Twitter has always had a vocal community of academics and intellectuals. You might not know it from all the noise and trolling, but there are people using the platform as a way to enlighten their followers and spread word of the work they do.
It’s a move away from academia’s proverbial Ivory Tower—the notion that researchers are locked away with microscopes and lab coats, oblivious to what’s happening in the real-world. Increasingly, academics are taking their work straight to the people, offering their ideas, updates, and breakthroughs in 140-character bursts.
They’re also finding a sense of community, establishing a scientific and supportive scene on the network that could be characterized as “Intelligent Twitter.” Queer Unity and Black PhD Network, for example, are using Twitter as a news feed specific to the mandate of their organizations. The latter account is a doctoral network for black and Latino people, focused on closing the achievement gap in the U.S.
TTG+Partners, a communications consultancy, hosts a monthly conversation on Twitter, using the hashtag #ttgpchat, focused on promoting diversity in higher education. In January, it took discussed what it’s like to be a black woman doing a Ph.D. During the discussion, two academics addressed the racism and sexism they’ve dealt with in their careers.
A12: Strive for a calm mind. Have a courageous spirit. Find allies that can fight with/for you. Pick your hills. #ttgpchat— Natalie Tindall (@dr_tindall) January 30, 2014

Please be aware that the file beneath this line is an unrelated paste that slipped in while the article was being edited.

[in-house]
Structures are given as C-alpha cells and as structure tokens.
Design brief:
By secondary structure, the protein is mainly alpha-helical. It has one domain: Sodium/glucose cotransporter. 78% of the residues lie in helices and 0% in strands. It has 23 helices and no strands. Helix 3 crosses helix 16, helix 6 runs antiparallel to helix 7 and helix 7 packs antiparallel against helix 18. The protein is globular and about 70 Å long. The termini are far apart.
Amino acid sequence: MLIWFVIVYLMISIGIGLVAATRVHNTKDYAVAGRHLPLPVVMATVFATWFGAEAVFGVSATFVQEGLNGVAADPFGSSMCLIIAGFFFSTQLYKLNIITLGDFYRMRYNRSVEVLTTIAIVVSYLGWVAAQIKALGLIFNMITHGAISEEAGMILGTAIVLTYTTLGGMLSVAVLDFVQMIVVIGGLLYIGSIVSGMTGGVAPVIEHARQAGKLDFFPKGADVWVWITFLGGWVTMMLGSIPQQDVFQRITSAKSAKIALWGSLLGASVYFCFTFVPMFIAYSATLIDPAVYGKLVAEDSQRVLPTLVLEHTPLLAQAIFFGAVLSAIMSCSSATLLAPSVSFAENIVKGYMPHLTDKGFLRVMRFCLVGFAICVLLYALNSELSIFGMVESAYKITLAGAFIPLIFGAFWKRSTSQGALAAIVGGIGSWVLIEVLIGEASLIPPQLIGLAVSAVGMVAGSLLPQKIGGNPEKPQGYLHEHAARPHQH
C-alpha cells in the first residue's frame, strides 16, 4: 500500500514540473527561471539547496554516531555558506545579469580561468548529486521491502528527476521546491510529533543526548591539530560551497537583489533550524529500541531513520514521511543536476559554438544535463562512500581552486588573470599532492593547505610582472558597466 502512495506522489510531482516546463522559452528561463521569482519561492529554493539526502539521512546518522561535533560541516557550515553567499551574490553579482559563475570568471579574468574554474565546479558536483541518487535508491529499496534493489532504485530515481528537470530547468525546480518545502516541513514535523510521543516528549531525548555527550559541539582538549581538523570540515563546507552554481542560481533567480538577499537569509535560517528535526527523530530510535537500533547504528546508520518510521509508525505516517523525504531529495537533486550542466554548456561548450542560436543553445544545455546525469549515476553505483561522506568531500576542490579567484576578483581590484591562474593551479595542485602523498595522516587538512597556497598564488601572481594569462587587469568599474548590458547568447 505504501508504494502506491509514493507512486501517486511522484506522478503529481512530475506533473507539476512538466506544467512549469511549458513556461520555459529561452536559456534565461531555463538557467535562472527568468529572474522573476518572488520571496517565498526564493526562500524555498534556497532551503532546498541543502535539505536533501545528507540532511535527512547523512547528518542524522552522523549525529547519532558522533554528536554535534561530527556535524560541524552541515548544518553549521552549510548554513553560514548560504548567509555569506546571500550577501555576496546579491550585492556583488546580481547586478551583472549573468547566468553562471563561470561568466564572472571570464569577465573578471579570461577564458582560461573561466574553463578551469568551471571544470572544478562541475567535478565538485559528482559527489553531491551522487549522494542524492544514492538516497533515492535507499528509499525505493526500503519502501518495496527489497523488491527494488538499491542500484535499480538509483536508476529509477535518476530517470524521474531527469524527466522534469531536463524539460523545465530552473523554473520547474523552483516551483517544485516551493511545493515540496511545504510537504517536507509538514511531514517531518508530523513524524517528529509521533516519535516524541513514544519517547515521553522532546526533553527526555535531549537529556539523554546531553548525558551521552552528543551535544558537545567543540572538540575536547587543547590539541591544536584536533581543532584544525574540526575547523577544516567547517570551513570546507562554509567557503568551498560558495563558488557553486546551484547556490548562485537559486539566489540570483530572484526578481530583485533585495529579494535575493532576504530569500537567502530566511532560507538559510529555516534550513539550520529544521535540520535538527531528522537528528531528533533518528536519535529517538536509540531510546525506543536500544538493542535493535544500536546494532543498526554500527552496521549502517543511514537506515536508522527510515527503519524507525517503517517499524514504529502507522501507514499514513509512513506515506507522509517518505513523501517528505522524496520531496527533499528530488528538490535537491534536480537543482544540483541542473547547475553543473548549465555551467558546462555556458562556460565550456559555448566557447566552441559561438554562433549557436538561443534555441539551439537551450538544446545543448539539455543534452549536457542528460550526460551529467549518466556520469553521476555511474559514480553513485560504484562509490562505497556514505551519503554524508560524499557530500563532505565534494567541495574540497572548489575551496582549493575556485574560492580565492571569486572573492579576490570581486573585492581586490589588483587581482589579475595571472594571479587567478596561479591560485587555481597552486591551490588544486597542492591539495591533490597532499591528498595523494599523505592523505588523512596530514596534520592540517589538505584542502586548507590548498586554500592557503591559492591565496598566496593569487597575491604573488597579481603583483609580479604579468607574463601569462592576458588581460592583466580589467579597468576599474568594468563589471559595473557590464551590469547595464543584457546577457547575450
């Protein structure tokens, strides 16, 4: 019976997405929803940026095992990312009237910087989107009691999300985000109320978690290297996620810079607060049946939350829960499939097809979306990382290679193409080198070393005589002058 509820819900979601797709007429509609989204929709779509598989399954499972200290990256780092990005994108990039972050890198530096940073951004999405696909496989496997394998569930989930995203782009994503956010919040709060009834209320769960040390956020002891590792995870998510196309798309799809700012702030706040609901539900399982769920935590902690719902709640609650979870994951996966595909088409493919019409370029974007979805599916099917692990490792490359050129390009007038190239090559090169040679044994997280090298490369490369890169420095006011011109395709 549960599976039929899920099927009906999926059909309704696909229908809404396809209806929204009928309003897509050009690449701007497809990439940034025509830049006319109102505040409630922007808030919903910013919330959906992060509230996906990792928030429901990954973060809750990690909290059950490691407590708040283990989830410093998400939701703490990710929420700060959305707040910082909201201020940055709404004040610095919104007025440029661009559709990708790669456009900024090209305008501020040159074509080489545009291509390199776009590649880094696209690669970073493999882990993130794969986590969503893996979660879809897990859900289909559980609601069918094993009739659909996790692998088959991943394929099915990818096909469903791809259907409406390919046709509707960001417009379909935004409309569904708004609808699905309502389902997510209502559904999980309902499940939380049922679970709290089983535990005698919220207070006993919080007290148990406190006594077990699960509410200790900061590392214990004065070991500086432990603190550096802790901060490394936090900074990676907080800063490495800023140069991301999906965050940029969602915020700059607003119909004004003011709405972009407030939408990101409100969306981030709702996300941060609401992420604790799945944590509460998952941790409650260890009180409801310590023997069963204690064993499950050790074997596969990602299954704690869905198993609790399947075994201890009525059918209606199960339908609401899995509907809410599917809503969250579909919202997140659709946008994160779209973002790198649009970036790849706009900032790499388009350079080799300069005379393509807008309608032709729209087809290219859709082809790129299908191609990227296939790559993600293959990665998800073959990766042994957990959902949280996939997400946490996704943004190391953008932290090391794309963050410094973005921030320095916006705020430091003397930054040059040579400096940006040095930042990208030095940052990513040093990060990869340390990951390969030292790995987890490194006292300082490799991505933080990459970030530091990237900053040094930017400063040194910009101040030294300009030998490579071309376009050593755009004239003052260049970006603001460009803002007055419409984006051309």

People watching the chat unfold contributed in the conversation, too.
Other academics use Twitter as a platform for engaging others with their work. Dr. Helen Fisher, a biological anthropologist, publishes a sort of stream of scientific consciousness. She’s on Twitter as @DrHelenFisher, and her tweets read as, and possibly are, what she’s thinking at the moment on a subject that has occupied her since her Ph.D. It’s a pleasant antithesis to most science-focused accounts, which often curate the news but don’t offer original insight from the people themselves.
“I use Twitter only to advance the public understanding of the sciences,” Fisher says of her profile. “I read various articles that come in over the Internet, then make a comment stemming from this reading. My tweets hopefully give some insight. But, of course, one is really constrained by 140 characters.”
Dr. Fisher doesn’t bring her personal life into it, “largely because I don’t see why anyone would be interested.” But there’s still an intimacy to her Twitter stream, making her followers feel closer to her and her work. That’s one of the platform’s biggest strengths, yielding personal insights into the lives and activities of people we admire, be they celebrities, sports figures, or professors.
All people have 6 basic facial expressions:happiness, sadness, fear, anger, surprise, disgust. Love a drive, like hunger, has no facial pose— Dr. Helen Fisher (@DrHelenFisher) February 4, 2014
Men and women report the same number of sex partners when hooked up to a lie detector. Without the lie detector..men reported more.— Dr. Helen Fisher (@DrHelenFisher) December 9, 2013
It’s a shame more leading-edge scientists aren’t using Twitter as a place to record their professional thoughts. Scientists, academics and even journalists have built careers around being creative and motivated to work in their specific field. They should, if they find the time, develop their Twitter feeds to reflect what they think and believe, to go one step beyond what’s found in academic journals and communicate with ordinary readers.
Twitter can also be a great resource for scientists who export the fun side of science. Psychologist and magician Richard Wiseman and cognitive scientist Tom Stafford both toss around ideas on Twitter, in addition to sharing the things they find online. Here’s Stafford basically debating himself on the difference between causation and correlation:
For my own amusement I'll now try to answer my own question in a tweet...— tomstafford (@tomstafford) February 3, 2014
One tweet at a time, such academics are tearing down that Ivory Tower, once and for all.
Illustration via mkh marketing/Flickr (CC BY 2.0)